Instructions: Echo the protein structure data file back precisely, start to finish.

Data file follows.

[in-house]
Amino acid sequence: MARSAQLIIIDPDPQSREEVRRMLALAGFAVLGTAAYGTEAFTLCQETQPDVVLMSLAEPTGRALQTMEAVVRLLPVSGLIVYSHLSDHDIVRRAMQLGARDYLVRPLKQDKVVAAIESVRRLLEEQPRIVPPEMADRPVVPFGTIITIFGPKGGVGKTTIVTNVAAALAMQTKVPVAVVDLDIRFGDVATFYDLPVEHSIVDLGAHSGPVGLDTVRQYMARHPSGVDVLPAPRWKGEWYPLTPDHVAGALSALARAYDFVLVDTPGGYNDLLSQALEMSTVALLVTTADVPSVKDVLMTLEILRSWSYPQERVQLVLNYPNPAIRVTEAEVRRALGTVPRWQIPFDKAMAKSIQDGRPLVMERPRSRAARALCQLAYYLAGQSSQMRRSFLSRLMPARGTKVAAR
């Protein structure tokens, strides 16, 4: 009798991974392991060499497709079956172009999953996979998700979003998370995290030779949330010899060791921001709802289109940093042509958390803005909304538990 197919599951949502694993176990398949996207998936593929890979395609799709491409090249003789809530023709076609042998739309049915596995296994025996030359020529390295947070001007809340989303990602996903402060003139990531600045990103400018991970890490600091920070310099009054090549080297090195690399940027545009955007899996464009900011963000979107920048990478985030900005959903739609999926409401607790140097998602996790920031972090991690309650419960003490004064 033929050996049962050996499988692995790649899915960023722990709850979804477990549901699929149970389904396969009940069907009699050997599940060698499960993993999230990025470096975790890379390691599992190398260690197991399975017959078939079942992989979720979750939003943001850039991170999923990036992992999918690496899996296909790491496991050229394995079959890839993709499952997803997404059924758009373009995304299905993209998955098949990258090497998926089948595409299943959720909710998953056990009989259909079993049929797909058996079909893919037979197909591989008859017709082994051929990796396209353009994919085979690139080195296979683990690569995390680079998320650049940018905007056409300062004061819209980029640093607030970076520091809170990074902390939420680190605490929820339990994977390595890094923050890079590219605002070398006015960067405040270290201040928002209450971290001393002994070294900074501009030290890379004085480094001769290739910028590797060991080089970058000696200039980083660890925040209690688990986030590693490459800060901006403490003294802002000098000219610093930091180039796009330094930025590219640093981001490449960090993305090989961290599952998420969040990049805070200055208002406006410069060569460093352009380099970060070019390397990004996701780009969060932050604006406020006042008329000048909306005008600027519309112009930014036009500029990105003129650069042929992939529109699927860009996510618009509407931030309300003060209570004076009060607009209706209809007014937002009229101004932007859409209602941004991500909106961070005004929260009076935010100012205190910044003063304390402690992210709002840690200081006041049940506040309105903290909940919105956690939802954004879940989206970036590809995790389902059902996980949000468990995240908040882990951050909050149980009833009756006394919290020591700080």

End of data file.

[in-house]
Amino acid sequence: MARSAQLIIIDPDPQSREEVRRMLALAGFAVLGTAAYGTEAFTLCQETQPDVVLMSLAEPTGRALQTMEAVVRLLPVSGLIVYSHLSDHDIVRRAMQLGARDYLVRPLKQDKVVAAIESVRRLLEEQPRIVPPEMADRPVVPFGTIITIFGPKGGVGKTTIVTNVAAALAMQTKVPVAVVDLDIRFGDVATFYDLPVEHSIVDLGAHSGPVGLDTVRQYMARHPSGVDVLPAPRWKGEWYPLTPDHVAGALSALARAYDFVLVDTPGGYNDLLSQALEMSTVALLVTTADVPSVKDVLMTLEILRSWSYPQERVQLVLNYPNPAIRVTEAEVRRALGTVPRWQIPFDKAMAKSIQDGRPLVMERPRSRAARALCQLAYYLAGQSSQMRRSFLSRLMPARGTKVAAR
């Protein structure tokens, strides 16, 4: 009798991974392991060499497709079956172009999953996979998700979003998370995290030779949330010899060791921001709802289109940093042509958390803005909304538990 197919599951949502694993176990398949996207998936593929890979395609799709491409090249003789809530023709076609042998739309049915596995296994025996030359020529390295947070001007809340989303990602996903402060003139990531600045990103400018991970890490600091920070310099009054090549080297090195690399940027545009955007899996464009900011963000979107920048990478985030900005959903739609999926409401607790140097998602996790920031972090991690309650419960003490004064 033929050996049962050996499988692995790649899915960023722990709850979804477990549901699929149970389904396969009940069907009699050997599940060698499960993993999230990025470096975790890379390691599992190398260690197991399975017959078939079942992989979720979750939003943001850039991170999923990036992992999918690496899996296909790491496991050229394995079959890839993709499952997803997404059924758009373009995304299905993209998955098949990258090497998926089948595409299943959720909710998953056990009989259909079993049929797909058996079909893919037979197909591989008859017709082994051929990796396209353009994919085979690139080195296979683990690569995390680079998320650049940018905007056409300062004061819209980029640093607030970076520091809170990074902390939420680190605490929820339990994977390595890094923050890079590219605002070398006015960067405040270290201040928002209450971290001393002994070294900074501009030290890379004085480094001769290739910028590797060991080089970058000696200039980083660890925040209690688990986030590693490459800060901006403490003294802002000098000219610093930091180039796009330094930025590219640093981001490449960090993305090989961290599952998420969040990049805070200055208002406006410069060569460093352009380099970060070019390397990004996701780009969060932050604006406020006042008329000048909306005008600027519309112009930014036009500029990105003129650069042929992939529109699927860009996510618009509407931030309300003060209570004076009060607009209706209809007014937002009229101004932007859409209602941004991500909106961070005004929260009076935010100012205190910044003063304390402690992210709002840690200081006041049940506040309105903290909940919105956690939802954004879940989206970036590809995790389902059902996980949000468990995240908040882990951050909050149980009833009756006394919290020591700080």